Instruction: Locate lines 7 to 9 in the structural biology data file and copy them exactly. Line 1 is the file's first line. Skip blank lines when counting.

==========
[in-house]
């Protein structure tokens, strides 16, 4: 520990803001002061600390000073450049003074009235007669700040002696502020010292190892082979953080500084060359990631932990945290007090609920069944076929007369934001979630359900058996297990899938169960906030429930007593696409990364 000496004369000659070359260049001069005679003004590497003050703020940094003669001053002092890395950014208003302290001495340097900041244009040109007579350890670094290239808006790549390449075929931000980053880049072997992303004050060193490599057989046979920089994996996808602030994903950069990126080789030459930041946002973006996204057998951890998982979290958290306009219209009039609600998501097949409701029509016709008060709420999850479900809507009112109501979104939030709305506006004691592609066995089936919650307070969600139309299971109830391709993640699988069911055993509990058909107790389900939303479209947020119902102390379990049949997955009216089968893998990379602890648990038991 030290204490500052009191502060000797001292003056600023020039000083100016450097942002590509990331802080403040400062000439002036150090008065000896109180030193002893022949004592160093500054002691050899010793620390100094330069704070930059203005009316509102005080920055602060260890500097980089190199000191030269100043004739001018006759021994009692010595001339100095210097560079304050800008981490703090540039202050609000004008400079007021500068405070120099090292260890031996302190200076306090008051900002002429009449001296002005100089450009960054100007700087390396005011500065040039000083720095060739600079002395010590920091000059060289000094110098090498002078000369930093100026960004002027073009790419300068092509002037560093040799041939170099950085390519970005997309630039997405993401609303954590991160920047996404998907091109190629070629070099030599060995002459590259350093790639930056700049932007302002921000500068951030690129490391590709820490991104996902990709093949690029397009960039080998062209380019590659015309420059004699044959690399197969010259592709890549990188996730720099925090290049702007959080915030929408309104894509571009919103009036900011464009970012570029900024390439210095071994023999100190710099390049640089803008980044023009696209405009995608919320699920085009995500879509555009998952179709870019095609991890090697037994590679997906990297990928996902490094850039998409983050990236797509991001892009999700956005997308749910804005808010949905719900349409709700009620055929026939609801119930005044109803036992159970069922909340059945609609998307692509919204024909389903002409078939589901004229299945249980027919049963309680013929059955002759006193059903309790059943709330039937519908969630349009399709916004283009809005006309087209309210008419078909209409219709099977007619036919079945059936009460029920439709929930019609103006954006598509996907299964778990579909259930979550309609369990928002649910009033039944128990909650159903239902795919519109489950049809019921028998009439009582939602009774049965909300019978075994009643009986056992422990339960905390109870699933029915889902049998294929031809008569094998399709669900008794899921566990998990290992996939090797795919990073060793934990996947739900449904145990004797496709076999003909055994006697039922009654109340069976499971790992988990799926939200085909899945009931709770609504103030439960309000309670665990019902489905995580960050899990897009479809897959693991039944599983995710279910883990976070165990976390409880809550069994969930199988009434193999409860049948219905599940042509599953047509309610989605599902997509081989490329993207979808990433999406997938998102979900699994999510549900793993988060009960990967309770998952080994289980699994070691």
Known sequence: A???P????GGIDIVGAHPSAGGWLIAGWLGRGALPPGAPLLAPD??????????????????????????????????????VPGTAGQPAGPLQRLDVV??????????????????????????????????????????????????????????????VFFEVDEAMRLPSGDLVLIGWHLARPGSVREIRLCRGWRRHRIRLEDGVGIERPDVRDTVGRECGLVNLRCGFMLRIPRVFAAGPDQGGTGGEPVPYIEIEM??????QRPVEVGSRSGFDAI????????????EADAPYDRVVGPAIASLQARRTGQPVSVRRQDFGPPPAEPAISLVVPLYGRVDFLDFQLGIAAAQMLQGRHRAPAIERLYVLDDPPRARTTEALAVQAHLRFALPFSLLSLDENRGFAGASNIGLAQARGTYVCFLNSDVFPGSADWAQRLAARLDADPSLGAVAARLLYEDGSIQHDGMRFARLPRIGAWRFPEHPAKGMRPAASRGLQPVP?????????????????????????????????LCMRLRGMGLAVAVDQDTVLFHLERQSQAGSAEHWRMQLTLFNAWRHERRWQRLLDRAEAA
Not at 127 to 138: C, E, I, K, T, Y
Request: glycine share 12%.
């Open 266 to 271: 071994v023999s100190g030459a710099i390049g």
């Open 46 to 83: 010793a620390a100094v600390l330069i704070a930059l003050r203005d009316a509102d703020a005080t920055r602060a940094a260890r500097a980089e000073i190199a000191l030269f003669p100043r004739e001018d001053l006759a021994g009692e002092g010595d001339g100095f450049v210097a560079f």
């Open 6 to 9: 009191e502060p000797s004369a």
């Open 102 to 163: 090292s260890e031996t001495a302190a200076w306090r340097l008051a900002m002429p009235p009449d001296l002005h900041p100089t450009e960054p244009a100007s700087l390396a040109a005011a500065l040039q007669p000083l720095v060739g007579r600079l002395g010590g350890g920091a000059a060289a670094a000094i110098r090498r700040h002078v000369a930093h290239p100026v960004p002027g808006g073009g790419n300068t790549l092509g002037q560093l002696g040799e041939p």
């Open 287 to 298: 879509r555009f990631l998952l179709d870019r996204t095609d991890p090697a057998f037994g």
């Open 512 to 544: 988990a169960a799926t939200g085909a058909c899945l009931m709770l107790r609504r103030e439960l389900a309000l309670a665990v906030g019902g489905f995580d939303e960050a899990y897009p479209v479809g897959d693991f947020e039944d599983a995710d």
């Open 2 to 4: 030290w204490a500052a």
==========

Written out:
């Open 46 to 83: 010793a620390a100094v600390l330069i704070a930059l003050r203005d009316a509102d703020a005080t920055r602060a940094a260890r500097a980089e000073i190199a000191l030269f003669p100043r004739e001018d001053l006759a021994g009692e002092g010595d001339g100095f450049v210097a560079f």
């Open 6 to 9: 009191e502060p000797s004369a």
């Open 102 to 163: 090292s260890e031996t001495a302190a200076w306090r340097l008051a900002m002429p009235p009449d001296l002005h900041p100089t450009e960054p244009a100007s700087l390396a040109a005011a500065l040039q007669p000083l720095v060739g007579r600079l002395g010590g350890g920091a000059a060289a670094a000094i110098r090498r700040h002078v000369a930093h290239p100026v960004p002027g808006g073009g790419n300068t790549l092509g002037q560093l002696g040799e041939p």